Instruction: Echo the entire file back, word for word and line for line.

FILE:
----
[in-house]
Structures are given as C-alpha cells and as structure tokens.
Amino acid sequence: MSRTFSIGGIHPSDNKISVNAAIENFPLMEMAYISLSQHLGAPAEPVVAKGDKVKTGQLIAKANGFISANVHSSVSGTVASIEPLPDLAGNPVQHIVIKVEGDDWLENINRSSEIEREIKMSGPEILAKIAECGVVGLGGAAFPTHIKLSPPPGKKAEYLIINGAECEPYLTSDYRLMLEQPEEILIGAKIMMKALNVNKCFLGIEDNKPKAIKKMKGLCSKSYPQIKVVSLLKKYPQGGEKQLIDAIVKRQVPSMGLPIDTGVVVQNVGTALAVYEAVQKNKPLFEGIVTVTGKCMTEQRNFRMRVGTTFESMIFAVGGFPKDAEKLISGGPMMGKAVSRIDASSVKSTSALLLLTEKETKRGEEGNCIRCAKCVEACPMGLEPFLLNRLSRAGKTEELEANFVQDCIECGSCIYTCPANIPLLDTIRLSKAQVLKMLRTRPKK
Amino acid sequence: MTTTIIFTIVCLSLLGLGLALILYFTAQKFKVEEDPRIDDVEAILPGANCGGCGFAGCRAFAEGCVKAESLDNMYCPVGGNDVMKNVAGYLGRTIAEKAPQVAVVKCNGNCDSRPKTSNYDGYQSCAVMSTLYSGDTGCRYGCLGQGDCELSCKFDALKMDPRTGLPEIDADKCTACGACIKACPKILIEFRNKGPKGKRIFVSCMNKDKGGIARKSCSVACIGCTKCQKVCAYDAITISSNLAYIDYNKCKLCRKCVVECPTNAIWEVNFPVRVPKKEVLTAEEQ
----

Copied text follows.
[in-house]
Structures are given as C-alpha cells and as structure tokens.
Amino acid sequence: MSRTFSIGGIHPSDNKISVNAAIENFPLMEMAYISLSQHLGAPAEPVVAKGDKVKTGQLIAKANGFISANVHSSVSGTVASIEPLPDLAGNPVQHIVIKVEGDDWLENINRSSEIEREIKMSGPEILAKIAECGVVGLGGAAFPTHIKLSPPPGKKAEYLIINGAECEPYLTSDYRLMLEQPEEILIGAKIMMKALNVNKCFLGIEDNKPKAIKKMKGLCSKSYPQIKVVSLLKKYPQGGEKQLIDAIVKRQVPSMGLPIDTGVVVQNVGTALAVYEAVQKNKPLFEGIVTVTGKCMTEQRNFRMRVGTTFESMIFAVGGFPKDAEKLISGGPMMGKAVSRIDASSVKSTSALLLLTEKETKRGEEGNCIRCAKCVEACPMGLEPFLLNRLSRAGKTEELEANFVQDCIECGSCIYTCPANIPLLDTIRLSKAQVLKMLRTRPKK
Amino acid sequence: MTTTIIFTIVCLSLLGLGLALILYFTAQKFKVEEDPRIDDVEAILPGANCGGCGFAGCRAFAEGCVKAESLDNMYCPVGGNDVMKNVAGYLGRTIAEKAPQVAVVKCNGNCDSRPKTSNYDGYQSCAVMSTLYSGDTGCRYGCLGQGDCELSCKFDALKMDPRTGLPEIDADKCTACGACIKACPKILIEFRNKGPKGKRIFVSCMNKDKGGIARKSCSVACIGCTKCQKVCAYDAITISSNLAYIDYNKCKLCRKCVVECPTNAIWEVNFPVRVPKKEVLTAEEQ